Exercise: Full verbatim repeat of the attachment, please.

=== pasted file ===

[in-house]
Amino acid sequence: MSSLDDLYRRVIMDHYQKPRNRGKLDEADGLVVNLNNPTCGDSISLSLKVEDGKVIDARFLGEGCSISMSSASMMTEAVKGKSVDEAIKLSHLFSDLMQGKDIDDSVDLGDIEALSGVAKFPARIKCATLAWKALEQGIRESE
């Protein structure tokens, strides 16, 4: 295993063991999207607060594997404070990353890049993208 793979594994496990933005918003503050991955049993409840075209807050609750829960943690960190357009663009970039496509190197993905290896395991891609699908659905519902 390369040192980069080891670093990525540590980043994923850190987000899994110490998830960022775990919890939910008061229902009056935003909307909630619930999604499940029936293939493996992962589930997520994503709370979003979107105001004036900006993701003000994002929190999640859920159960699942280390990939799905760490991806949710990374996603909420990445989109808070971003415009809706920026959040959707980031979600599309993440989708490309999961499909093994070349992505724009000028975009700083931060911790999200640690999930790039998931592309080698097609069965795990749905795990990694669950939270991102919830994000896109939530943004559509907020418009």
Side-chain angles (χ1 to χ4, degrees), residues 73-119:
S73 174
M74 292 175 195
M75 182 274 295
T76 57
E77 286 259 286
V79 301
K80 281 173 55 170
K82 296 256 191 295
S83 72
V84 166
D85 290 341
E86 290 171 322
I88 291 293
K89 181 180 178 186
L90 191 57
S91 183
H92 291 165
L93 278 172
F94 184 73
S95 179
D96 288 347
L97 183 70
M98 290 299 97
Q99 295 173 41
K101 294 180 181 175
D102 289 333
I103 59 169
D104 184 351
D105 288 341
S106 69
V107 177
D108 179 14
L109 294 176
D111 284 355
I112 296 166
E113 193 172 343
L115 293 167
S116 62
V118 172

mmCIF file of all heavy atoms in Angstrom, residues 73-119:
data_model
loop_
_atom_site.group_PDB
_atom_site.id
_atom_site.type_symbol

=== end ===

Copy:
[in-house]
Amino acid sequence: MSSLDDLYRRVIMDHYQKPRNRGKLDEADGLVVNLNNPTCGDSISLSLKVEDGKVIDARFLGEGCSISMSSASMMTEAVKGKSVDEAIKLSHLFSDLMQGKDIDDSVDLGDIEALSGVAKFPARIKCATLAWKALEQGIRESE
């Protein structure tokens, strides 16, 4: 295993063991999207607060594997404070990353890049993208 793979594994496990933005918003503050991955049993409840075209807050609750829960943690960190357009663009970039496509190197993905290896395991891609699908659905519902 390369040192980069080891670093990525540590980043994923850190987000899994110490998830960022775990919890939910008061229902009056935003909307909630619930999604499940029936293939493996992962589930997520994503709370979003979107105001004036900006993701003000994002929190999640859920159960699942280390990939799905760490991806949710990374996603909420990445989109808070971003415009809706920026959040959707980031979600599309993440989708490309999961499909093994070349992505724009000028975009700083931060911790999200640690999930790039998931592309080698097609069965795990749905795990990694669950939270991102919830994000896109939530943004559509907020418009």
Side-chain angles (χ1 to χ4, degrees), residues 73-119:
S73 174
M74 292 175 195
M75 182 274 295
T76 57
E77 286 259 286
V79 301
K80 281 173 55 170
K82 296 256 191 295
S83 72
V84 166
D85 290 341
E86 290 171 322
I88 291 293
K89 181 180 178 186
L90 191 57
S91 183
H92 291 165
L93 278 172
F94 184 73
S95 179
D96 288 347
L97 183 70
M98 290 299 97
Q99 295 173 41
K101 294 180 181 175
D102 289 333
I103 59 169
D104 184 351
D105 288 341
S106 69
V107 177
D108 179 14
L109 294 176
D111 284 355
I112 296 166
E113 193 172 343
L115 293 167
S116 62
V118 172

mmCIF file of all heavy atoms in Angstrom, residues 73-119:
data_model
loop_
_atom_site.group_PDB
_atom_site.id
_atom_site.type_symbol